Last December we got a message for our friend Morgan, a born-and-bred cruising yotty who currently earns his living sailing other people’s boats. Morgan told us that he and his girlfriend, Cheryl, were passing through Buenos Aires on their way south to the Falklands. He knew that we were in the area, and he wondered if I would like to join them for this voyage.
Last time I visited the islands I was four years old, and we arrived by helicopter… Naturally, I jumped at the chance to have a second try at getting there under sail.
The yacht that Morgan and Cheryl are managing is a brand-new 72ft aluminium cruiser-racer, designed and built specifically for her owner. She has a lifting keel and draws 4m with it down and 2.5 with it up.
You might think that a brand-new € 5 million boat would be completely problem-free, but it isn’t so! When I joined Louise, the crew were busy dismantling the deckhead to fix some leaks. She also had problems with her water pump, and there were various design faults. The fact of the matter is that boats, no matter how new and shiny, always need work!
On the 6th of December we set off for Peninsula Valdez, which lies roughly half way between the Rio de la Plata and Cape Horn.
Louise sails very differently to Mollymawk. She’s fast and very lively.
Even in a light breeze she heels very readily. Her owner, Grant (on the helm in this photo), is a very keen sailor and loves getting the best out of the boat.
Louise’s sails are very high tech. They aren’t made from panels of cloth sewn together; they’re made in one piece on a custom form, laminated from carbon, kevlar, and aramid. They’re the sort of thing you’d expect to find used by America’s Cup racers, and not on a cruising yacht! The full suit of Louise’s sails cost ten times as much as it cost us to build and fit out Mollymawk…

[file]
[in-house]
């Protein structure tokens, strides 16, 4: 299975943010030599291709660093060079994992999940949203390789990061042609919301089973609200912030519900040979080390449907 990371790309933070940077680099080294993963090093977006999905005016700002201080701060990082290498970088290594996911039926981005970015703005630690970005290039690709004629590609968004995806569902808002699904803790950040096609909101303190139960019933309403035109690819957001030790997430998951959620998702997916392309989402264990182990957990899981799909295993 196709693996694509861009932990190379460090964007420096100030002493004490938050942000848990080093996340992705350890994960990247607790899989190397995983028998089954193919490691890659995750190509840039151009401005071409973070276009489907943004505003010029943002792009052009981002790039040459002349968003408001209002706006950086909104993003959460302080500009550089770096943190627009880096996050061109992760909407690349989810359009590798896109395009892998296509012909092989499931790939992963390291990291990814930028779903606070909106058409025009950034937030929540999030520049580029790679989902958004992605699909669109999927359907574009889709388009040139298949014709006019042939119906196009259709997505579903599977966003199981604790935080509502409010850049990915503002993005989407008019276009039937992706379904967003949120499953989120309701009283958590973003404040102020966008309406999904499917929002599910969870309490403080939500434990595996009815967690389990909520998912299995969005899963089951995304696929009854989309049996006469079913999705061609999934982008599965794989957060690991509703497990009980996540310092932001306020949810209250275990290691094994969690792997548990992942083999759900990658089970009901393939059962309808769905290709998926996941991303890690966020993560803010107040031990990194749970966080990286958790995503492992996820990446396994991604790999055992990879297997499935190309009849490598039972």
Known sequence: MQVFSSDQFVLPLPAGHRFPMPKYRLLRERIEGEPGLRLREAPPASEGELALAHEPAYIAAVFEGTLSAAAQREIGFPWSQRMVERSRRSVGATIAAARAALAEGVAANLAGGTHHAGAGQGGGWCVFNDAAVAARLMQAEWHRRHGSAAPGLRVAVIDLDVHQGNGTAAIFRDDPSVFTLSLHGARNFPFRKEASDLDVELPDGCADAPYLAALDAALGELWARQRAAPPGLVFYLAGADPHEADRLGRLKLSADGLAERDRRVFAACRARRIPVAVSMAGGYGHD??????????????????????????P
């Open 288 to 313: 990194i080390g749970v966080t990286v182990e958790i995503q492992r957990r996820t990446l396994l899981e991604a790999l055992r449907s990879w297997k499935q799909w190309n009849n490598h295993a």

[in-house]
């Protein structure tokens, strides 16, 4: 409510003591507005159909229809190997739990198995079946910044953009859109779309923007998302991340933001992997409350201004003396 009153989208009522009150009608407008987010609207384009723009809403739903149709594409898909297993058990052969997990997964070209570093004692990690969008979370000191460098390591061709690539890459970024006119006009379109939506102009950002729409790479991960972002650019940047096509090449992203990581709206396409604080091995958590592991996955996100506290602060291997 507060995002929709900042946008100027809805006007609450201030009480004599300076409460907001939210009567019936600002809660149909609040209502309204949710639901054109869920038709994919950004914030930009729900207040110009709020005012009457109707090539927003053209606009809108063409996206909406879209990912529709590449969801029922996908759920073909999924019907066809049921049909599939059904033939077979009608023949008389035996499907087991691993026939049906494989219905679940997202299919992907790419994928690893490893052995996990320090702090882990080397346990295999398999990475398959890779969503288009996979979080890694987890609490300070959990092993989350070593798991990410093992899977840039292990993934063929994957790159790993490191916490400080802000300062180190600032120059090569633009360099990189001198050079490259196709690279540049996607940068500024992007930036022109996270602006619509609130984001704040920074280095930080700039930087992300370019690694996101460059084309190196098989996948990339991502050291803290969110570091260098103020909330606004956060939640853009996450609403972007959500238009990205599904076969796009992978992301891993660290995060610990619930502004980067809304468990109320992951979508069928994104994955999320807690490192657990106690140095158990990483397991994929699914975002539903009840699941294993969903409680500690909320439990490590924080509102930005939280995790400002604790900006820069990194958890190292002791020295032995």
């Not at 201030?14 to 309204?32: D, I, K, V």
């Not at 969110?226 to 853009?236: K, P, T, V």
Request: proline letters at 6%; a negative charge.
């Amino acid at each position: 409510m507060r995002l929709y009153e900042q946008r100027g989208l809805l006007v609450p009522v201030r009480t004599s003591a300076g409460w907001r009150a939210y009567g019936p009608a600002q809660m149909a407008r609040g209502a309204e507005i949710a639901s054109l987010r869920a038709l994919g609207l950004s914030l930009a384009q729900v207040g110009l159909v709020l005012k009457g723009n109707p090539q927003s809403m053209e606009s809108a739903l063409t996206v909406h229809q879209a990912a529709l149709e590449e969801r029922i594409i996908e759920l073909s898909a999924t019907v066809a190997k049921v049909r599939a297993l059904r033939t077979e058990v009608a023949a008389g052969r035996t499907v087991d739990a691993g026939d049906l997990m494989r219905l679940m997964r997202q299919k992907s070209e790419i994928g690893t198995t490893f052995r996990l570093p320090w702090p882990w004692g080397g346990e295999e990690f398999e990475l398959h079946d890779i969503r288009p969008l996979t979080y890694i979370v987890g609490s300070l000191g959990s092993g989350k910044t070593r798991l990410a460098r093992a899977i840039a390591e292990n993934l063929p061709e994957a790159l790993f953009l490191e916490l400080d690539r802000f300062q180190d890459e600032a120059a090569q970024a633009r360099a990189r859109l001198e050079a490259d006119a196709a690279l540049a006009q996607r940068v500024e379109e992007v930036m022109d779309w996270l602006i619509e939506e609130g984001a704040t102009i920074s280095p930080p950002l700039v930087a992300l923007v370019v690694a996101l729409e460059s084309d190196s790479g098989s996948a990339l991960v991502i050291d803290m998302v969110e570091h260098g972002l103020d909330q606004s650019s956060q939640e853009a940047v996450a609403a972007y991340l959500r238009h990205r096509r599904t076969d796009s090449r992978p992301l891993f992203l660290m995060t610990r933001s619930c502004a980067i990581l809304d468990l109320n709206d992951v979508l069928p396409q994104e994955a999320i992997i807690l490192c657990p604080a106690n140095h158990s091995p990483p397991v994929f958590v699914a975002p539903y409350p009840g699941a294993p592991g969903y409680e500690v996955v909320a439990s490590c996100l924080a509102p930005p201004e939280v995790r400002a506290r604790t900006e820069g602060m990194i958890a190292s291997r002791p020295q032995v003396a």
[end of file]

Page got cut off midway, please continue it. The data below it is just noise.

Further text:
Looking aft along Louise’s beautiful teak deck.
Looking out from the saloon at sunset.
It took us just three days to travel the 760 nautical miles to Peninsula Valdez. From there we sailed to Caleta Horno, 200 miles further south, which took less than 24 hours.
Caleta Horno is a beautiful desolate fjord, far from any settlement.
We tied the boat to the rocks on either side of the inlet and went ashore in the dinghy to explore.
When we left for the Falkland Islands the weather was calm and so, because the owner likes to keep moving fast, we had to motor. (During the whole voyage we used a tonne of fuel – which is as much as we would use aboard Mollymawk in 20 years.) Fortunately, on the last day of our trip out to the islands the wind came up and we had an exciting sail, blasting along at 10 to 12 knots.
Arriving in the Falklands I was reunited with Patrick Watts, whom I last saw when I was just four years old! Patrick is famous for his part in trying to resist the Argentinian invasion of the islands. He used to run the local radio station, but he now does tours of the island.
Patrick Watts is extremely knowledgeable about wildlife, and he took us to see the local penguin colonies.
We also saw elephant seals.
Patrick Watts also takes tourists to visit the “battlefields” – he can recount every detail of the campaign to retake the islands – and he also took us to visit the wreck of this old, ill-fated Cape-Horner. Patrick’s tours are half the price of ones booked through the tour agencies, and his knowledge of the islands is undoubtedly unrivalled.
The Falklands aren’t the warmest place int he world even in mid-summer… but they are certainly rather special.
I’m hoping that one day we’ll visit the islands aboard Mollymawk.